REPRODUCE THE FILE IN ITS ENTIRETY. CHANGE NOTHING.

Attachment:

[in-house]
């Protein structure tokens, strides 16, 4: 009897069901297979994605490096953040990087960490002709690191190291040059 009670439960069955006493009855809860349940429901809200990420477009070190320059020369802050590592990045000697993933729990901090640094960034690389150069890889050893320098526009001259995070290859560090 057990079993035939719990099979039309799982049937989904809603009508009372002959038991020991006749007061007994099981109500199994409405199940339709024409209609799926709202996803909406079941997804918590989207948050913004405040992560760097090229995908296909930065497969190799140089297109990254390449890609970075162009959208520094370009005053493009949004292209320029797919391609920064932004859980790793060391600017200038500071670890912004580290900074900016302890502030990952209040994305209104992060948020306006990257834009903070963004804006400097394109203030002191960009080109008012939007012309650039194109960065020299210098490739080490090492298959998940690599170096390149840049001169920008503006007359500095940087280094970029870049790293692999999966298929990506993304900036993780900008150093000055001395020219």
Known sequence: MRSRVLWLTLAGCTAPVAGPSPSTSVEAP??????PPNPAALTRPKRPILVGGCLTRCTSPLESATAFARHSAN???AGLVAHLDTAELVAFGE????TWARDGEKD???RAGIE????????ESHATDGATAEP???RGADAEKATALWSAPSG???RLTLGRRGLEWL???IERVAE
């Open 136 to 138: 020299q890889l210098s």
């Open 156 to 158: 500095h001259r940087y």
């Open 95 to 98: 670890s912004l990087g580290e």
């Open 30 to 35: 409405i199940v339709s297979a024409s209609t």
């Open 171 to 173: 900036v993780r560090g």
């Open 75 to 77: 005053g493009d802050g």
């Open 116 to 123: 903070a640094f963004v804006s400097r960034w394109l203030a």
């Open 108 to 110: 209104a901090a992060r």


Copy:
[in-house]
């Protein structure tokens, strides 16, 4: 009897069901297979994605490096953040990087960490002709690191190291040059 009670439960069955006493009855809860349940429901809200990420477009070190320059020369802050590592990045000697993933729990901090640094960034690389150069890889050893320098526009001259995070290859560090 057990079993035939719990099979039309799982049937989904809603009508009372002959038991020991006749007061007994099981109500199994409405199940339709024409209609799926709202996803909406079941997804918590989207948050913004405040992560760097090229995908296909930065497969190799140089297109990254390449890609970075162009959208520094370009005053493009949004292209320029797919391609920064932004859980790793060391600017200038500071670890912004580290900074900016302890502030990952209040994305209104992060948020306006990257834009903070963004804006400097394109203030002191960009080109008012939007012309650039194109960065020299210098490739080490090492298959998940690599170096390149840049001169920008503006007359500095940087280094970029870049790293692999999966298929990506993304900036993780900008150093000055001395020219």
Known sequence: MRSRVLWLTLAGCTAPVAGPSPSTSVEAP??????PPNPAALTRPKRPILVGGCLTRCTSPLESATAFARHSAN???AGLVAHLDTAELVAFGE????TWARDGEKD???RAGIE????????ESHATDGATAEP???RGADAEKATALWSAPSG???RLTLGRRGLEWL???IERVAE
């Open 136 to 138: 020299q890889l210098s």
């Open 156 to 158: 500095h001259r940087y």
């Open 95 to 98: 670890s912004l990087g580290e």
């Open 30 to 35: 409405i199940v339709s297979a024409s209609t």
């Open 171 to 173: 900036v993780r560090g």
């Open 75 to 77: 005053g493009d802050g």
């Open 116 to 123: 903070a640094f963004v804006s400097r960034w394109l203030a």
């Open 108 to 110: 209104a901090a992060r």